Tuesday, August 09, 2005

The Letter

My mom showed me a letter a few months before she died that I had written her when I twelve. She told me that it broke her heart.
Dear Mom,

I'm glad I finally sat down to write a letter, but at least I'm writing one now.

My mom just had a baby, Sept. 15, 1977 at 5:15, named Adessa Marie. She's about as cute as they come and that's real cute.

I've already seen the movie 3 times (Star Wars) because I really like it. My Step brother Brenner and I have seen it together every time. Everytime I went, I said I was eleven, so I could get in for a dollar, but the last time I went, I slipped, and I had to pay $2.50.

I'm doing fine in my new family, but I much rather prefer that dad never got divorced. Brenner's not too bad of a brother, but he's too sensitive, and scared of lots of things because of movies, and he's 11 years old. But otherwise, he's a good brother. I like Cynthia, and I love her, but I'd rather live in my past families. It's not that she's a bad person, and she's not, I just don't enjoy this family.

I hope that one day that you and I can come visit one day, because that's what I truly wish.

Tell Jean and Lorrie that I said, "Hi!" and I'm sorry that their father and (or) husband died, unless it would hurt their feelings.

I love you very much, and I'm glad I wrote you a note. And I hope you like my picture.

Love,
Sincerely,
Your Son,

Scott

P.S. Tell Mike that you two better get married, and also that I said Hi.
I enclosed a blue ink-pen drawing of R2-D2, labeled R2-D2's father. I really should hook up my scanner, to illustrate the meticulous yet childlike cursive script that our schools so meticulously taught us throughout our early education. I can't even write cursive anymore, except to sign my name.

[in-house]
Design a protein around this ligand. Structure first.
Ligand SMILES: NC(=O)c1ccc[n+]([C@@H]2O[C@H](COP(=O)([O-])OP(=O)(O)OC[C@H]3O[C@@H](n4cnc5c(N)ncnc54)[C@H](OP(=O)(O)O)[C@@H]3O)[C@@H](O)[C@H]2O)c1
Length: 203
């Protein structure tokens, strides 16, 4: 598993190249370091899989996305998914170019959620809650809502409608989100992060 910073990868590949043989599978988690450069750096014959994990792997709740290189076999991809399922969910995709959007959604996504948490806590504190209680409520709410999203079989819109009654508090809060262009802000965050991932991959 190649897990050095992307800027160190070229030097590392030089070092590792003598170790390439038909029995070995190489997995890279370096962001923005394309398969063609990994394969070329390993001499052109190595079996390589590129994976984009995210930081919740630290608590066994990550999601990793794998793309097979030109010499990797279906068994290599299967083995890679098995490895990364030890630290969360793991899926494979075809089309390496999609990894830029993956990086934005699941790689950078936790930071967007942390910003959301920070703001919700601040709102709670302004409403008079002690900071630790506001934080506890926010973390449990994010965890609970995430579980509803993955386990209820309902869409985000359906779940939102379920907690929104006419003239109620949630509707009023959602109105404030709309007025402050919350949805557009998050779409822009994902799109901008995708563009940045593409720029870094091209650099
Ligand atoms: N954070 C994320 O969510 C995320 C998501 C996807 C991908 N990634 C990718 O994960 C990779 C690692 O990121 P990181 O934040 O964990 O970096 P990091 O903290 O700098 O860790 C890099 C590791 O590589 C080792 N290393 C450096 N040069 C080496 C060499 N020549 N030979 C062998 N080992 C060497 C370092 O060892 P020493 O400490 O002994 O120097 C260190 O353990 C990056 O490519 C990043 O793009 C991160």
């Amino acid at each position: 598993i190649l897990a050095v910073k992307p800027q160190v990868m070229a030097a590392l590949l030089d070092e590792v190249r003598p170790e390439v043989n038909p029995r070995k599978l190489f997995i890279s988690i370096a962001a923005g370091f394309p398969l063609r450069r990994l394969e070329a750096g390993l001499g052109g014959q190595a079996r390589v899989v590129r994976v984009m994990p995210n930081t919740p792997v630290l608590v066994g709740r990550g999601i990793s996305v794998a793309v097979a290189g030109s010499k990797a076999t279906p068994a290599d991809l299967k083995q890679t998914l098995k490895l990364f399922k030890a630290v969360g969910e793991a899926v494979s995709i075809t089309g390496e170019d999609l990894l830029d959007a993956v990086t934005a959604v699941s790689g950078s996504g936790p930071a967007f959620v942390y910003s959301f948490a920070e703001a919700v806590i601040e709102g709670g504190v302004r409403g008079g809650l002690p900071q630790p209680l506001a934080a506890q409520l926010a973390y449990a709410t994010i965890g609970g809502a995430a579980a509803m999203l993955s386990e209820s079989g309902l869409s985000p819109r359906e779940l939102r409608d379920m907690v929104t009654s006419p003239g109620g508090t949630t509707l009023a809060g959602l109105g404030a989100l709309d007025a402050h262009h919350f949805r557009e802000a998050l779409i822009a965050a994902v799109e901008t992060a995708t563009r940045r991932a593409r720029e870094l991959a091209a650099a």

I don't even know where to begin with this letter. At first I am touched by this glimpse into my earlier world, when life was about how many times I had seen Star Wars. But other parts bite. I refer early on to my step-mother as mom, with no regard for my own mother's feelings; over time I would come to know just how she felt about that moniker being assigned to another woman, when she decided that I should call her husband Scotty dad.

"No way, mom, he is not my dad."

"But you call other women mom!"

"That's because I was too young to think on my own, and my father forced me to do it."

Her lower lip jutted in an exaggerated pout.

"Mom, I promise you, I was too young, but you are my mom, my only mom, and all the others have an empty title, one that no other woman will have from now on. I can't change the past, and neither can you."

The letter illustrates a point that I had completely forgotten. The hallmark of my childhood was my summer visits with my mother, but in this letter, I am lamenting that I haven't seen her; and I realize now that, at twelve years old, I hadn't seen her since I was six, when she sent me away, from the back seat of my grandmothers car.

12 comments:

Beth said...

I keep my children's letters as well. We're together, but I still think someday it will be a big look into their past selves.

Tee said...